Zachariah Mudge

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Some interesting bits from a promotional book about unnamed missionaries.

No author is named in the volume, but it’s attributed to Zachariah Atwell Mudge, not to be confused with another Pacific NW luminary, Zachary Mudge of George Vancouver’s 1792 expedition.

It’s titled “Sketches of Mission Life among the Indians of Oregon” (New York: Carlton & Phillips, 1854).

“They landed at Fort Vancouver, June 1, 1840…Some left for Puget Sound; others were appointed for the Willamette Valley; and still others for the Calapoosa [Kalapuya] country, far up the Willamette.” (pages 13-15)

The Dalles / Wasco / Wascopam: “This mission station was established in 1838 by the Rev. D. Lee and the Rev. H.K.W. Perkins.” (page 16)

“The Indians have a superstitious respect for these [rattle]snakes. They never kill them. They say, if they should, the “tamanas,” or spirit of the murdered snake, prompts his living friends to revenge his death by biting his destroyer.” (page 29)

There’s no such thing as coyotes yet, in English; just “prairie wolves” as opposed to the “forest wolves” (page 30 and following).  “Indian tradition says that Talipaz,” that is the “Prairie Wolf,” was the creator of all things.” (page 47) “…even their dogs, which much resemble the wolf, being doubtless possessed of some wolf blood, they treat with great respect, on account of their supposed relationship to Talipaz.” (page 48)

Indians of the Dalles area are mostly represented as talking pidgin English, lapsing into standard English for the benefit of the reader, for example: “See, me no got coat…and me no got pants…Me poor, o, very poor!…Mr. B—-, you are a man, a great man…” (pages 44-45)  Sometimes this speech could be calqued on Chinuk Wawa: “O, you great doctor!  My heart is large toward you!” (page 61)

A spelling you don’t often see: Chenwook (page 48).

“When a young man wishes to become distinguished, he goes out at night,— perhaps some night when the clouds overhang the sky,—and an awful mystery seems to enshroud the object of his adventure. He claims to meet either Talipaz or his spirit. Sometimes he says, “Tamanawas,” that is, a moving spirit of power, “came upon me.” He now knows what is to befall him, or he vainly thinks, in his superstition, he knows more than common mortals. He claims to be a great “medicine man;” and, strange enough, his people allow his claim!” (pages 48-49)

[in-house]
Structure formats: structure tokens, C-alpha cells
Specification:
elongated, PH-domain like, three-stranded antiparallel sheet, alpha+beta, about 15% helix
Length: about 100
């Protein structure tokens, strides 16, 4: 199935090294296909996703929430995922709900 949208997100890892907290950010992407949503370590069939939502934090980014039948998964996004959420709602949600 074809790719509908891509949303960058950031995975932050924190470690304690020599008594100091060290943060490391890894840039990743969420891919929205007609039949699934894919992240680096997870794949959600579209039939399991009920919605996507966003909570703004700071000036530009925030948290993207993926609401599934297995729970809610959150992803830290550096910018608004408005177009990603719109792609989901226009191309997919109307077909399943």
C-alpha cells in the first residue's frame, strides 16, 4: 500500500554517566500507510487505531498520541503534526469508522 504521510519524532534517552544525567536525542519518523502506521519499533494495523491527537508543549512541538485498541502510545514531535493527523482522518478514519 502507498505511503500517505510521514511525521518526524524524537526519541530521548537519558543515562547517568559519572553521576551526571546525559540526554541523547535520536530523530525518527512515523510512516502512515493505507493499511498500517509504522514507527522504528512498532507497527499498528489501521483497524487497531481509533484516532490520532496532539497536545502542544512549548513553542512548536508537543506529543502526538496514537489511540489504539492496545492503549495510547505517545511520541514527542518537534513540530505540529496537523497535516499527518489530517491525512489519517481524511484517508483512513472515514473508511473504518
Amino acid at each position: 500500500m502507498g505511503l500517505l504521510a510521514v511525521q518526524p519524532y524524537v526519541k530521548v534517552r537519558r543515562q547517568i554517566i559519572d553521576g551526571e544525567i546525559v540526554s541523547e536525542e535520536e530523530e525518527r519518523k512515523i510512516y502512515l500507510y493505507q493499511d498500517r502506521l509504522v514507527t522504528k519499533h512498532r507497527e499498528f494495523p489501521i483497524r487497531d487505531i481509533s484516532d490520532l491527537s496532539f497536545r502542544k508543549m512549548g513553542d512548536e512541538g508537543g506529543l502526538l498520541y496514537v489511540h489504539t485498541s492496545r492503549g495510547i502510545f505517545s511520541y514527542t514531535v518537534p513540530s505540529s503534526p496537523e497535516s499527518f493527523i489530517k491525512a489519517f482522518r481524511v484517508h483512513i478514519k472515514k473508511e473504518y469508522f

In November of 1843, Mt St Helens erupts (page 104 and following).  It’s part of the President’s Range.  “The highest is Mount Washington, the next Mount Adams, and so in the order of the presidential administrations” (page 107).

William M’Kendree is an orphaned Native boy who helps around the mission; Chinook Jargon is spoken of as it were his native language: “In his Indian language, he would exclaim, “Wake siar nika nanage Boston ileha,” — “It will not be long before I see the the United States.” (page 110)  He winds up becoming a member of Colonel John C. “The Pathfinder” Fremont‘s second expedition, traveling toward the coast, then southern Oregon, and eventually to Washington, D.C.

About chief Equator: “His head was not flattened, like those of his tribe. He used to say, jocosely, that his parents tried the usual methods of giving it the fashionable shape, but that it was too hard to be thus molded. He was therefore known, to some extent, as the “Boston chief,” because he had a head like the white men.” (page 118)

“She, however, became the wife of a “King George’s Man,” a name by which all the English are designated by the Indians.” (page 164)

Dala in the Jargon used to mean not just money but anything made of metal, or shiny: “”You lose spoon,–a dollar spoon?” meaning a silver spoon.” (page 210)